Donaire was certainly up for the challenge and had an entire nation rooting for him. But Rigondeaux, who was trained in the highly-regarded Cuban boxing program, was simply too skillful with his movement for Donaire. Rigondeaux maneuvered Donaire wherever he wanted him inside the ring using superior footwork.

Donaire was never really a threat, his devastating left hook and every offensive weapon practically nullified. Rigondeaux was simply too elusive, and too accurate. Many fans chided Rigondeaux for what they believed to be a “boring” performance. But the Cuban did what he had to do, and Donaire had no answer for it.

Rigondeaux took home a unanimous decision and ended Donaire’s terrific run through the ranks. More importantly, Rigondeaux showed how having a good set of fundamentals can offset raw talent and power, and how much of a factor strategy and game plan plays in the grand scheme of things.

 

4) Marco Antonio Barrera vs Naseem Hamed

Mexican legend “The Babyfaced Assassin” Marco Antonio Barrera is one of the most well-loved boxers in history, especially in his native Mexico. Barrera was held in high regard for his toughness and perseverance. No matter how difficult the war he fought in the ring, Barrera never backed down.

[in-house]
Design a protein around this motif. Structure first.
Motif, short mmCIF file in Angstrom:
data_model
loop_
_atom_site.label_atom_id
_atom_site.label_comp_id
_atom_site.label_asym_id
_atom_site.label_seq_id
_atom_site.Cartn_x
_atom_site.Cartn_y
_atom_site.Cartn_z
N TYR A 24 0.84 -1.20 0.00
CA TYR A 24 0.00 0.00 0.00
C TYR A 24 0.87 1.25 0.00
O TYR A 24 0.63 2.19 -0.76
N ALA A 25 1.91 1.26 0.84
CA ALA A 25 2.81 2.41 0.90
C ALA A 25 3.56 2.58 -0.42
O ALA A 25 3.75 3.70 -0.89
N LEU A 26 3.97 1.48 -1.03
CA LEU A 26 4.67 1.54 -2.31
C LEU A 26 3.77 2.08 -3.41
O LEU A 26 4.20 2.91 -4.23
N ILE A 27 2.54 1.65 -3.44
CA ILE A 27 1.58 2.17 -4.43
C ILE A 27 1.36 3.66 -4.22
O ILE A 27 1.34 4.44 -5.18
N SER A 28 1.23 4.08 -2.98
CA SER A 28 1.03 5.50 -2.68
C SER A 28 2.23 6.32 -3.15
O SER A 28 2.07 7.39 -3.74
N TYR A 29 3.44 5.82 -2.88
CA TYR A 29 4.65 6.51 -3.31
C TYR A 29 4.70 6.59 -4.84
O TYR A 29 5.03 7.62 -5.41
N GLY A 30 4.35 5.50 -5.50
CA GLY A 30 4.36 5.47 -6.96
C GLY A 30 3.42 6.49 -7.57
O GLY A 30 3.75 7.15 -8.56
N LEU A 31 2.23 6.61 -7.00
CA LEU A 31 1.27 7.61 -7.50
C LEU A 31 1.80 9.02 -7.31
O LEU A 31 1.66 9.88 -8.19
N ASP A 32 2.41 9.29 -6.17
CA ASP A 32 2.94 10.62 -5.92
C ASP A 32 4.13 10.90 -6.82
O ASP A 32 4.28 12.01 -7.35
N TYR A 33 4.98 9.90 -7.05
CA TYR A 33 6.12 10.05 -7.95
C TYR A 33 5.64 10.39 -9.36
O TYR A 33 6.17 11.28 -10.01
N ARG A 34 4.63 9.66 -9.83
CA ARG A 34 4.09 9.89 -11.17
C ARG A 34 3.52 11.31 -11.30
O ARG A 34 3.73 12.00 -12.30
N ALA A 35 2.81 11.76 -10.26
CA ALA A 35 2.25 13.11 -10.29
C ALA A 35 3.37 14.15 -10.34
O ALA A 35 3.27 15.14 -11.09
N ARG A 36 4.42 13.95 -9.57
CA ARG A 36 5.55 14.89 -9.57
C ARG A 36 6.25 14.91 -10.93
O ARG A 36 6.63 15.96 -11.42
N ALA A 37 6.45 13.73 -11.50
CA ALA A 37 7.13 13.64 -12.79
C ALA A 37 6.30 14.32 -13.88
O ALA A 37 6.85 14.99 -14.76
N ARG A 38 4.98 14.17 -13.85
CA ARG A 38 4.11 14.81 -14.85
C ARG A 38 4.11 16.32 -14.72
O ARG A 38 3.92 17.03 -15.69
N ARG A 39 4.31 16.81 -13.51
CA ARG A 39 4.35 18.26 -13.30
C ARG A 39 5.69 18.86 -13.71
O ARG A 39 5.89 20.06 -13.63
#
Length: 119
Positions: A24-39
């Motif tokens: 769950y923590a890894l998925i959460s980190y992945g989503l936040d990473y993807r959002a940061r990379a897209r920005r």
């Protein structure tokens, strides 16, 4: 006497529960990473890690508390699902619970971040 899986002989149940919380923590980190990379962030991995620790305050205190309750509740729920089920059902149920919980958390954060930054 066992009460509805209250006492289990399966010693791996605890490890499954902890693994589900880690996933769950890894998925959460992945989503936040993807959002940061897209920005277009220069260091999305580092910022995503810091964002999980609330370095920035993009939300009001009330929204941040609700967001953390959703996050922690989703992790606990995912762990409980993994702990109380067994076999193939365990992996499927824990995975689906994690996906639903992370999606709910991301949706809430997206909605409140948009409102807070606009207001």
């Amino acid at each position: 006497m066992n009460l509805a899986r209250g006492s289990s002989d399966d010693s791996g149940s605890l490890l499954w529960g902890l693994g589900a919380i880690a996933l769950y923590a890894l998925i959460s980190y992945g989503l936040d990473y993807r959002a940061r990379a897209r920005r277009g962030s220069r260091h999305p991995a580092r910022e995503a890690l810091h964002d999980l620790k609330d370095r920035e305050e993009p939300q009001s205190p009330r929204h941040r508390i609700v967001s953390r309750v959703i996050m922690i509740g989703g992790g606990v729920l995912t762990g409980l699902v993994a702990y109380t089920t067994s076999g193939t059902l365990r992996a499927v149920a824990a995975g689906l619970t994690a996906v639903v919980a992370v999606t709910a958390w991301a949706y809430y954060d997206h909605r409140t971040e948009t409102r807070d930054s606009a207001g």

In 2001, at the height of Barrera’s powers, he took on then-undefeated (and equal legend) “Prince” Naseem Hamed, and proceeded to dismantle the elusive featherweight.

Hamed posed a steep challenge with a unique style that was hard to decipher. The “Prince” moved uncannily in the ring, with impeccable footwork, acrobatics, and cat-like reflexes, not to mention fight-ending power. But Barrera would have none of it. He planted his feet and fought the only way he knew how, like a warrior.

Barrera stood his ground and pressured Hamed into committing a host of mistakes which he would then capitalize on. Barrera’s ring generalship and veteran experience played a huge factor in this iconic victory. “The Baby Faced Assassin” used his footwork to cut the ring off and trap Hamed into corners and against the ropes, which made it easier to catch him. He also used a consistent body attack to limit Hamed’s mobility.

In the end, Barrera earned a dominant 12-round unanimous decision, and one of the signature victories of his career.